“I was looking at the photographs and I started thinking that there was a time when these weren’t memories.” ~ Stephen Chbosky, The Perks of Being a Wallflower
Death has been the theme for me this past month with my uncle passing away last week and the 21st death anniversary of my sister on March 31.
Because of the lockdown last year, I was not able to visit my sister’s grave. I had been dreaming about her recently and I took it as a sign that it was time to make the trek down to Maryland to visit her.
St. Rose of Lima Church | Gaithersburg, Maryland
She is in a nice resting place. The grounds are well kept, and she is located underneath a tree next to the church. I sat with her awhile and told her that I missed her. I apologized for not visiting more often, but I know that she knows that she is always in my heart.
She died in 2000, so camera phones were not yet widely available, I don’t think. It was not how it is these days, with a camera readily available at your fingertips. These days, people take photos of everything, and I am grateful for the technology and to have the opportunity to document and immortalize important events in my life with videos and photographs.
I wish I had taken more photos with my sister. I don’t have nearly enough. All I really have are my memories, and those sadly tend to fade with time.
“And when he died, I suddenly realized I wasn’t crying for him at all, but for the things he did. I cried because he would never do them again, he would never carve another piece of wood or help us raise doves and pigeons in the backyard or play the violin the way he did, or tell us jokes the way he did. He was part of us and when he died, all the actions stopped dead and there was no one to do them the way he did. He was an individual. He was an important man. I’ve never gotten over his death. Often I think what wonderful carvings never came to birth because he died. How many jokes are missing from the world, and how many homing pigeons untouched by his hands? He shaped the world. He did things to the world. The world was bankrupted of ten million fine actions the night he passed on.” ~ Ray Bradbury, Fahrenheit 451
My uncle passed away last week. He was my father’s youngest brother. Among my father’s siblings, there’s only my father and his next oldest brother left. My father will turn 83 this year, and my uncle will turn 85 in June.
I had not seen my uncle since 2016, and prior to then, I had not seen him since I was a child. It is a curious thing how memories bind our love towards people even when we rarely see them. I have lifelong memories of my uncle from when I was about nine years old. We lived in California then and my uncle had not married yet. He came to our house often. I think he even lived with us for a time, if memory serves me correctly. Anyway, I remember how he was the “fun” uncle who would buy us candies and make us laugh. He had a wonderful singing voice too, reminiscent of Matt Monro. When I was around ten, my uncle married and then my cousin was born. After that, we rarely ever saw them, and some years later, my family moved to the East Coast, and I never saw him again until my visit to California in 2016.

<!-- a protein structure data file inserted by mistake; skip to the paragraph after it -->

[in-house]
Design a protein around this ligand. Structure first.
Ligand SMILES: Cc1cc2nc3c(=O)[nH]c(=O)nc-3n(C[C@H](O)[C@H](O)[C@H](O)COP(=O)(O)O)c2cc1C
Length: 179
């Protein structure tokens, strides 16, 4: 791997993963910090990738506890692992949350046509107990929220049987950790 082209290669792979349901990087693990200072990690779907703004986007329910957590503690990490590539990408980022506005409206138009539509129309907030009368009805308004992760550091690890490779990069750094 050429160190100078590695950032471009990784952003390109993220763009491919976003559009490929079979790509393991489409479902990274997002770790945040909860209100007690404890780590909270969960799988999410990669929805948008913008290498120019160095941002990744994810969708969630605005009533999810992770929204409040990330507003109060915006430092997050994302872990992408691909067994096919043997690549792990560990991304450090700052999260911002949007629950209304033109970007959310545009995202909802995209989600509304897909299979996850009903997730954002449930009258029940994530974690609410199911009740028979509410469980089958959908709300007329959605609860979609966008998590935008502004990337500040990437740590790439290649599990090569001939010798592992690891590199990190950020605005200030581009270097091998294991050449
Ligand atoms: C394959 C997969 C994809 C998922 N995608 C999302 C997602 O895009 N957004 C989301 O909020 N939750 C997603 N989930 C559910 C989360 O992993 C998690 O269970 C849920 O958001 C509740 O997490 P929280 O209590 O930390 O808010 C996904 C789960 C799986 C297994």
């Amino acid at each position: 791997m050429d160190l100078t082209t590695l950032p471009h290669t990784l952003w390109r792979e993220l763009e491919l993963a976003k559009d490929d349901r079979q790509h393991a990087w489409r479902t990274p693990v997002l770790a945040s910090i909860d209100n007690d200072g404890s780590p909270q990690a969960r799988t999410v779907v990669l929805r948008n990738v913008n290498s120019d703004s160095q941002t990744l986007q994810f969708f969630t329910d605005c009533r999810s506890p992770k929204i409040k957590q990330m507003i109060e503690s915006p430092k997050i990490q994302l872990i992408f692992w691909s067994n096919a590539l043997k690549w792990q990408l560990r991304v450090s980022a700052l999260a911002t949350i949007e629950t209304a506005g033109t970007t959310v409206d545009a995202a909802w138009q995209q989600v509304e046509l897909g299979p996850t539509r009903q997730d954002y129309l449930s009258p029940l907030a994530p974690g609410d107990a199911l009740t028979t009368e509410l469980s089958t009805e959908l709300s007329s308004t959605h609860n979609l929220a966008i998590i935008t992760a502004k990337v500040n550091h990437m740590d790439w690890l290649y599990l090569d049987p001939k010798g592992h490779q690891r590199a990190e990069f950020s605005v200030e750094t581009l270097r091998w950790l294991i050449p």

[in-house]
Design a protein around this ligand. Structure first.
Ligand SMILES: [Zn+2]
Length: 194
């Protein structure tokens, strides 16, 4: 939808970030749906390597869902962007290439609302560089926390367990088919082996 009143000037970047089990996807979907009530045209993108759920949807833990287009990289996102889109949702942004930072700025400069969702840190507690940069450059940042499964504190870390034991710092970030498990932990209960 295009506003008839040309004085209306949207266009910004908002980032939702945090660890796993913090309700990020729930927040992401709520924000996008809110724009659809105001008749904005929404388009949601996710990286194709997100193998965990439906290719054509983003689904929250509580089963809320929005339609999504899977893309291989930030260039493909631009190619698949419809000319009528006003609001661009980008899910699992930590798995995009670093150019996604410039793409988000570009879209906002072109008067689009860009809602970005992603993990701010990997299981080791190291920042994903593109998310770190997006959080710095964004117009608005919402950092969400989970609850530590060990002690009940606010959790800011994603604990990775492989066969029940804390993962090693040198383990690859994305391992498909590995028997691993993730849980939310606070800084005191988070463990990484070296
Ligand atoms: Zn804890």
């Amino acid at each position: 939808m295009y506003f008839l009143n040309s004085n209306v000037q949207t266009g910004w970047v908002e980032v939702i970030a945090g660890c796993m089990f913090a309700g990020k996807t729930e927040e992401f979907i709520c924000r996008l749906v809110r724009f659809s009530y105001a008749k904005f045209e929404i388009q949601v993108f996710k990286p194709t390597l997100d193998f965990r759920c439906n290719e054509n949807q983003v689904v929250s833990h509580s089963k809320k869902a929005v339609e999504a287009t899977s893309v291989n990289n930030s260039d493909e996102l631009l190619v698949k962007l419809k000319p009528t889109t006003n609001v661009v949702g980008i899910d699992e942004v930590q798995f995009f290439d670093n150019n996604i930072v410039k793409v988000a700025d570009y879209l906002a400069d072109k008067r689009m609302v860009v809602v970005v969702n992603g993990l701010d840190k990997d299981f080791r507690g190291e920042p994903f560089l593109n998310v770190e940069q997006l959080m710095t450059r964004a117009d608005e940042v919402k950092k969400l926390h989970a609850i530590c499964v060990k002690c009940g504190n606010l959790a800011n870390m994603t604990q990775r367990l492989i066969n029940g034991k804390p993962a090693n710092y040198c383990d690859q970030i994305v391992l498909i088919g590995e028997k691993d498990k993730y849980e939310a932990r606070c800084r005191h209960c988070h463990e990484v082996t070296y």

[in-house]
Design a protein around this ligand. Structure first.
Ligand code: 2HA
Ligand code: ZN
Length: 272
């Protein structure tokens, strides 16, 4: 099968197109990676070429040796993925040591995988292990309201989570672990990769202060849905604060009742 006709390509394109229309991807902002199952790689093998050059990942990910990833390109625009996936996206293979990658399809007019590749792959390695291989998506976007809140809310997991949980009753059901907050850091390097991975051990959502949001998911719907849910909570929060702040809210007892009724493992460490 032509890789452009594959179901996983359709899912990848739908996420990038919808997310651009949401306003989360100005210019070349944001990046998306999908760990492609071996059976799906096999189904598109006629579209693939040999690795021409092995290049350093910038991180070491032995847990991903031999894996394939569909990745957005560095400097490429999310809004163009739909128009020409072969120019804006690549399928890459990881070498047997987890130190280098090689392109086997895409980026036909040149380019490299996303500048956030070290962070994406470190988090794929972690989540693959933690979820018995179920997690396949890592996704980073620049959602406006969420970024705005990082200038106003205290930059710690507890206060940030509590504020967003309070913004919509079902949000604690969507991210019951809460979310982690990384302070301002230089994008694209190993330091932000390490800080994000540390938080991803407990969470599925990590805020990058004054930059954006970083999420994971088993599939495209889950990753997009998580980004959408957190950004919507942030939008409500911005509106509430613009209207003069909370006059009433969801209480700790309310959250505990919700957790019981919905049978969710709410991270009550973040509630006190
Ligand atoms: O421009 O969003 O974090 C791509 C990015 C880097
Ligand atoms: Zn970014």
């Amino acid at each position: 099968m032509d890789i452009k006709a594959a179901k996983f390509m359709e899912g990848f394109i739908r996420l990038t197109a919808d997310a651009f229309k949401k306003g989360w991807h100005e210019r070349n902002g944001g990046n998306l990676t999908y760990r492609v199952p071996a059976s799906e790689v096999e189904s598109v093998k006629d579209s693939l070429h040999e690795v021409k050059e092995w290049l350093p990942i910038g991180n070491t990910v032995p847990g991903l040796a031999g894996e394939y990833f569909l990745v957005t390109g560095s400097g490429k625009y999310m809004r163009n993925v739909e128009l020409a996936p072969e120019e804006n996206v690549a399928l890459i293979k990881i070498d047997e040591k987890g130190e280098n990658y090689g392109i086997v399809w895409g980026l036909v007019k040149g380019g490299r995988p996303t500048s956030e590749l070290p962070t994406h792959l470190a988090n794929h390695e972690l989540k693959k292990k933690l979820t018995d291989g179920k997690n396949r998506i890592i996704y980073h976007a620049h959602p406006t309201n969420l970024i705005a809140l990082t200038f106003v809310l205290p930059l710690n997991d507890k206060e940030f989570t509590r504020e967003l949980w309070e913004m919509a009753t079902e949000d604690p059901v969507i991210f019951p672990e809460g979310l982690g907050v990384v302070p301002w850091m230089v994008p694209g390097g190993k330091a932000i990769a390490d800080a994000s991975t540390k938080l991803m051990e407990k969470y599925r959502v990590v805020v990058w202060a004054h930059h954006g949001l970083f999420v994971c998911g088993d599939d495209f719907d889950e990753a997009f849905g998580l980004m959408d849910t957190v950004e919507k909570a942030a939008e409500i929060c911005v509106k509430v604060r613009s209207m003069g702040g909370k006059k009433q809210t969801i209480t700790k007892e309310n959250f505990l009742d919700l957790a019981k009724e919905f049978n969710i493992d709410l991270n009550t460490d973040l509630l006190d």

I feel as though I am not worthy to speak of him since I rarely ever saw him. In a span of a year, I probably only thought of him a few days out of the 365 days, on holidays and such. But love does not keep score, does it? Time and distance have no weight when you love someone. It is just there. And now he’s gone. But the love is still there. It was always there. And I will miss him and mourn all the days we did not spend together, but I will hold tightly to the memories I have held since I was a young girl.
“We are who we are, because of those we choose to love and because of those who love us.” ~ Kate Mosse, The Winter Ghosts
Twenty years ago, I dated a guy, MK, for about two years. Although we did not officially live together, we always stayed over each other’s place. He lived in a house with his brother and his two cousins. His room, which he shared with his brother, D, was in the the basement. I spent many days and nights hanging out with the two of them, and throughout the course of my relationship with MK, I started to look at D like he was my own little brother.
When MK and I broke up, I remained on good terms with him, and with D. Oftentimes I think that D was far more devastated about the breakup than either MK or I was. Although we still treated each other like family even after we separated, eventually we drifted apart and it has been a number of years since we have heard from each other.
But on the 7th day of this life of quarantine and isolation, I heard my phone ring, and when I looked at my phone, I saw D’s number flashing on my phone.
Without hesitation, I picked up his video call. I see his face, and instantly, my heart smiles. Immediately he asks, “Are you ok? I’m calling because I’m worried about you. Get out of the city and come stay with us. I’ll drive up and come get you guys.”
It wasn’t a meaningless invitation that people usually blurt out. It was a genuine invitation borne out of love and concern. It was sincere and touching, and I haven’t felt this loved in a long while.